TVLine's Performers of the Week (TIE): Tom Pelphrey and Jane Levy

Ozark Season 3 Ben

THE PERFORMER | Tom Pelphrey

THE SHOW | Ozark

THE EPISODE | Season 3, Episode 9: “Fire Pink” (March 27, 2020) 

THE PERFORMANCE | It came as no surprise that the Season 3 arc surrounding Wendy’s bipolar younger brother Ben ended tragically. What did surprise us was how hard we took the character’s death — and credit for that unexpected emotional gut punch goes to Pelphrey.

The actor delivered a consistently dynamic performance all season long, but it was his work in the penultimate hour — which also happened to be his last — that will leave a lasting impression. Pelphrey came out of the gate strong, delivering a quietly manic monologue that not only underscored Ben’s tenuous mental state, but gave us a window into the heavy toll his decades-long struggle with mental illness has taken on him.

When Ben later released his pent-up anger and frustration out on Marty in an explosive tirade, Pelphrey made us feel the pain behind every syllable. “You do not get to lock me up in a hospital and tranquilize me like I’m so kind of f–king zoo animal,” he shouted, Pelphrey’s voice cracking amid tears. “Do you realize what you are doing here?”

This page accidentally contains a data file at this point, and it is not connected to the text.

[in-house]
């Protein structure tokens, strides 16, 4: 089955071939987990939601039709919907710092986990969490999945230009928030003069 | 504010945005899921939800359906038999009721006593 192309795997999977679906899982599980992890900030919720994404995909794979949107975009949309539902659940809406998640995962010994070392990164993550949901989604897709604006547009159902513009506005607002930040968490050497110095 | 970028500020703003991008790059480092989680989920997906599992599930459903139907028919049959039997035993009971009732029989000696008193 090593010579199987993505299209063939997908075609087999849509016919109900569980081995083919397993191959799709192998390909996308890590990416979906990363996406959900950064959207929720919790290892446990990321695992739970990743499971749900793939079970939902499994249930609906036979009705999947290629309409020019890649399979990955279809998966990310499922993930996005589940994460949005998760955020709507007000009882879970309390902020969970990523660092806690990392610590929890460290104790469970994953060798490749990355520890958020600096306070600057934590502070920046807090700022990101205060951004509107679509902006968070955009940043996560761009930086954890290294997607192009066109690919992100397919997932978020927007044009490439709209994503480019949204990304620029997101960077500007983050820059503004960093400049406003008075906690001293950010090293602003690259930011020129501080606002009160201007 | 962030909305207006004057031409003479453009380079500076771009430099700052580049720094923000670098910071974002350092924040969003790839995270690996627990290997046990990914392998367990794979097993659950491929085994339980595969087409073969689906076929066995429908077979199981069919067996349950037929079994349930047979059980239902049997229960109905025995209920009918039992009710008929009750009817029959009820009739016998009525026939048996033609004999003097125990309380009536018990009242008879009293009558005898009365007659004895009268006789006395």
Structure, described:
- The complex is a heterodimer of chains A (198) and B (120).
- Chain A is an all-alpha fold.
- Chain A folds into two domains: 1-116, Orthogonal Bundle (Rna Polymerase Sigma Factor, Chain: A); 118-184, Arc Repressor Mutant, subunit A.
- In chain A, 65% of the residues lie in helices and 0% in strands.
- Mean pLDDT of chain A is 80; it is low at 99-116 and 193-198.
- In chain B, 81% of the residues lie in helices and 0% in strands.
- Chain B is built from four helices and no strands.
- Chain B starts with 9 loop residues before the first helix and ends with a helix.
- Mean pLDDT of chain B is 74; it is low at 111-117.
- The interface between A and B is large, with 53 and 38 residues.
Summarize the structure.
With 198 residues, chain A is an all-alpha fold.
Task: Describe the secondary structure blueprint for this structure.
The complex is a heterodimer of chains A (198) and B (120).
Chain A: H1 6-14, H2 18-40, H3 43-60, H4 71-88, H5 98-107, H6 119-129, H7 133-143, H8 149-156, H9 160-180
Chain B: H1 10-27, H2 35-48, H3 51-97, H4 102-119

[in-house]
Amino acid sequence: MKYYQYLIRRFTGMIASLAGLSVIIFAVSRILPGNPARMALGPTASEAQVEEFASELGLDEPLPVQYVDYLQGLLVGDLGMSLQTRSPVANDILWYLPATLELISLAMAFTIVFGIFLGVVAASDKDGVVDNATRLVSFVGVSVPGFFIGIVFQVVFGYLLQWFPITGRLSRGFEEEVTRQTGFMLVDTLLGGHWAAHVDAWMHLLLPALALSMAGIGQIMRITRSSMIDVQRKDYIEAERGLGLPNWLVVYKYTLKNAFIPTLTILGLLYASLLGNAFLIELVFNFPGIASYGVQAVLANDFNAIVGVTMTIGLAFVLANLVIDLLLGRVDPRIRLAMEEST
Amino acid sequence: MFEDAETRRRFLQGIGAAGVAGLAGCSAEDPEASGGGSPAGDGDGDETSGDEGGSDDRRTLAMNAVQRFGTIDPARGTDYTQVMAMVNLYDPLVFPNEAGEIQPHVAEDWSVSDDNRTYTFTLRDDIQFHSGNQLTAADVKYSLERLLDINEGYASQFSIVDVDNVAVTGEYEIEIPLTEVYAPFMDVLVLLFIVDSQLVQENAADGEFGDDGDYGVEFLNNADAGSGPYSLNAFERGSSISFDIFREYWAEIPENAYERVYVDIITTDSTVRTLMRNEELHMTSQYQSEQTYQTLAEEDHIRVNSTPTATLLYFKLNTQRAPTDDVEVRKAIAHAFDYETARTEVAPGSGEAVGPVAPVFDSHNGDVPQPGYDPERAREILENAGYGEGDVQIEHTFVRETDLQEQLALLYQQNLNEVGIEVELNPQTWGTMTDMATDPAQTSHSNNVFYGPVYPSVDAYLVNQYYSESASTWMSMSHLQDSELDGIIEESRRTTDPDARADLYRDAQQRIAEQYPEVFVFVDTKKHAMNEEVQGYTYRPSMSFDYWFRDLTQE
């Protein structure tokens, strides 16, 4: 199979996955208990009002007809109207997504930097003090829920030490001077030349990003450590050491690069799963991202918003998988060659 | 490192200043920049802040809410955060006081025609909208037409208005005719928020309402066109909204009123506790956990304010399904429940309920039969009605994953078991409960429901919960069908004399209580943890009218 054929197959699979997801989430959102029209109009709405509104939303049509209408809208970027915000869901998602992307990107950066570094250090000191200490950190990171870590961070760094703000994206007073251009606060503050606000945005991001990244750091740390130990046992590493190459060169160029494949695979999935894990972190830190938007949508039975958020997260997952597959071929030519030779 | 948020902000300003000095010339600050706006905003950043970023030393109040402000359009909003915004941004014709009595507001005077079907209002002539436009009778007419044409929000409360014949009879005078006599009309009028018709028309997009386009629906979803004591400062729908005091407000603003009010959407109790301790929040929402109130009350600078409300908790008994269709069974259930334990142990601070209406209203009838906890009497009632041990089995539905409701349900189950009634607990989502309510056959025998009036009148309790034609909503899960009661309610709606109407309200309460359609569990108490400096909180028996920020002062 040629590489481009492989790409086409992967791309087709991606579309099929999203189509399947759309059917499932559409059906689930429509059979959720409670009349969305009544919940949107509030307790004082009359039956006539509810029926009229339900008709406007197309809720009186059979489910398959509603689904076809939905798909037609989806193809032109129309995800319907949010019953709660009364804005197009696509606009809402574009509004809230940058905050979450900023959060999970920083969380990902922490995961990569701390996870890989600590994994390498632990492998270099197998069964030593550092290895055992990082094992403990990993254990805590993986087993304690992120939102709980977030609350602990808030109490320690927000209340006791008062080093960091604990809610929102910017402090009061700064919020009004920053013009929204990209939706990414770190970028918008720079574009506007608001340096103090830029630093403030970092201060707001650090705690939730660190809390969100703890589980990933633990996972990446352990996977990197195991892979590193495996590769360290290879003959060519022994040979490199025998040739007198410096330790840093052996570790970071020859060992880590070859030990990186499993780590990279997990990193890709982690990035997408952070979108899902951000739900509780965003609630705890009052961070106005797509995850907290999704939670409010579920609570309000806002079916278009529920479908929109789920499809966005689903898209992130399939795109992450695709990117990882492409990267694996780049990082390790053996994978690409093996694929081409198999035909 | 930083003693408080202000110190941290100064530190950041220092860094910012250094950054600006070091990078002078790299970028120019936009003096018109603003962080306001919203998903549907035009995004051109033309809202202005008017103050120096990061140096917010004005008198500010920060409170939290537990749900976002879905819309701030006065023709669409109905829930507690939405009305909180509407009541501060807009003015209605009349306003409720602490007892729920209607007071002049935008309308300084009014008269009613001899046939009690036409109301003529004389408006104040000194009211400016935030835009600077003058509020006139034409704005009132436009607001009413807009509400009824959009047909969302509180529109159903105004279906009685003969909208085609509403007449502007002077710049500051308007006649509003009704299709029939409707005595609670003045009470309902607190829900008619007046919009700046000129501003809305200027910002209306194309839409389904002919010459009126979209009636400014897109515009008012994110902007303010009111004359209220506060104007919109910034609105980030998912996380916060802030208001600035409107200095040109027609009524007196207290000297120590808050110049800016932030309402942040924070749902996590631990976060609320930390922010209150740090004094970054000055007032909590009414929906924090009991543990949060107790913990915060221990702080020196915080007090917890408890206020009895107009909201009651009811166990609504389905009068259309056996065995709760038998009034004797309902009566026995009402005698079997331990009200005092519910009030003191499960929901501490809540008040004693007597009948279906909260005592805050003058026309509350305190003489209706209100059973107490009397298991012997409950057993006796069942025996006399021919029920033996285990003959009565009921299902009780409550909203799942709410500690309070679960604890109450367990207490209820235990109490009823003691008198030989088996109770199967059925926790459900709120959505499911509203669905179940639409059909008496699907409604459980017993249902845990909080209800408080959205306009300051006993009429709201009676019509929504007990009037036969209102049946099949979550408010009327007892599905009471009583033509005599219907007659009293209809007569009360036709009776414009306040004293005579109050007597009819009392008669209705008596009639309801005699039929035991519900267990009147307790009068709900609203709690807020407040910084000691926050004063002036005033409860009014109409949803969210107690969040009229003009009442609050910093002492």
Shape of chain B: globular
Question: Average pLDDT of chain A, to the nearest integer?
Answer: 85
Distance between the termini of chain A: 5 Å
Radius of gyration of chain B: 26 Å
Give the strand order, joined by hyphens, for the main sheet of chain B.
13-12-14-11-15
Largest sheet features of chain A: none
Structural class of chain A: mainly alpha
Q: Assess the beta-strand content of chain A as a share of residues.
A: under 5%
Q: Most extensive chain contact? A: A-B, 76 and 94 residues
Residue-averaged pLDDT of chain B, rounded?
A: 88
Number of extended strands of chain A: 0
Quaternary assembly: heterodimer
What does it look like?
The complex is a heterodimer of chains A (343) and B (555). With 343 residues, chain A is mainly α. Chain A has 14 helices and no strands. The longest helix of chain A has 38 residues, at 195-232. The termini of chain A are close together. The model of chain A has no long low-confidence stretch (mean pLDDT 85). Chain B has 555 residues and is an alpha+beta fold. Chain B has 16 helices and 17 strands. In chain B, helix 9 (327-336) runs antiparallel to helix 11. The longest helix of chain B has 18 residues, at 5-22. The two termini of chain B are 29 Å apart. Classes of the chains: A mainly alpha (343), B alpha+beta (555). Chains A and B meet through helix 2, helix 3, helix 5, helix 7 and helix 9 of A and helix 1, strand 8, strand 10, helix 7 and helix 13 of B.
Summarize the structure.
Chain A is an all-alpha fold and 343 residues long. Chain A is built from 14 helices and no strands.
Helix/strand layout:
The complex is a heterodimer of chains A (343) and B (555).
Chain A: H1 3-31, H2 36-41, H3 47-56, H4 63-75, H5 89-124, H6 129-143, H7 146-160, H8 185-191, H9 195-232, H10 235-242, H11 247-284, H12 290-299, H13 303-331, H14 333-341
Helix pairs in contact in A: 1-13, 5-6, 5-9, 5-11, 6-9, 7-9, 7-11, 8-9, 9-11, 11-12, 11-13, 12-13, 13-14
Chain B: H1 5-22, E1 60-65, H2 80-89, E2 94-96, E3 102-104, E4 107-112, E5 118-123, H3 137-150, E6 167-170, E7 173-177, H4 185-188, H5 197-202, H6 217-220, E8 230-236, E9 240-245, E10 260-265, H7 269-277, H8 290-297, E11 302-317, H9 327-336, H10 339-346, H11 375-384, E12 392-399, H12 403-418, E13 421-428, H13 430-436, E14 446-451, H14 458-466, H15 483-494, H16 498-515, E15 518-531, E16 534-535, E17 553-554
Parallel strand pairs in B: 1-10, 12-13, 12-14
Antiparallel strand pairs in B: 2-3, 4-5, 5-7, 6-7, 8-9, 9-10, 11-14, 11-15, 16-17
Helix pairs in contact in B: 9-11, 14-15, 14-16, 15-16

But it was Ben’s ill-fated, life-ending road trip with his big sis where Pelphrey’s impressive range was on full display. With his character’s behavior varying wildly from scene to scene and moment to moment, the two-time Daytime Emmy winner grounded each emotional beat — from joyful innocence to genuine confusion to paralyzing fear to utter sadness — with searing authenticity.

Before the end came (off screen, thankfully), Ben articulated to Wendy his fantasy five-year plan. As he rattled off one dream after another — “Ruth, dogs, house, garden, job…” — Pelphrey gave each wish a moment to breathe, imbuing every word with a reluctant and heartbreaking hopefulness.

Ben never got his happy ending but Pelphrey made damn sure he went out on a high note.


THE SHOW | Zoey’s Extraordinary Playlist

THE EPISODE | “Zoey’s Extraordinary Glitch” (March 29, 2020)

THE PERFORMANCE | It feels too easy to say Levy’s performance in Episode 8 was extraordinary. And yet, that’s the only accurate way to sum up this incredible showcase, in which Levy’s Zoey sang and danced her way through an emotional meltdown.

After receiving the crushing news that her father is nearing the end of his life, Zoey experienced a glitch in her powers: This time, she was the one singing “heart songs,” and she was actually performing them in real life, not just in her head — and there was no way to stop her musical thoughts from escaping.

It was impressive enough that Levy performed six musical numbers in one episode. But we were doubly wowed by the actress’ range, namely her effortless transitions from physical comedy (“I Saw Mommy Kissing Santa Claus”) to sweet seduction (“I Want You to Want Me”) to utter devastation (“How Do I Live?”). And in those moments when Zoey wasn’t singing, Levy brought a believable mix of panic and frustration to her character, whose entire life seemed ready to implode the moment she blurted a new lyric.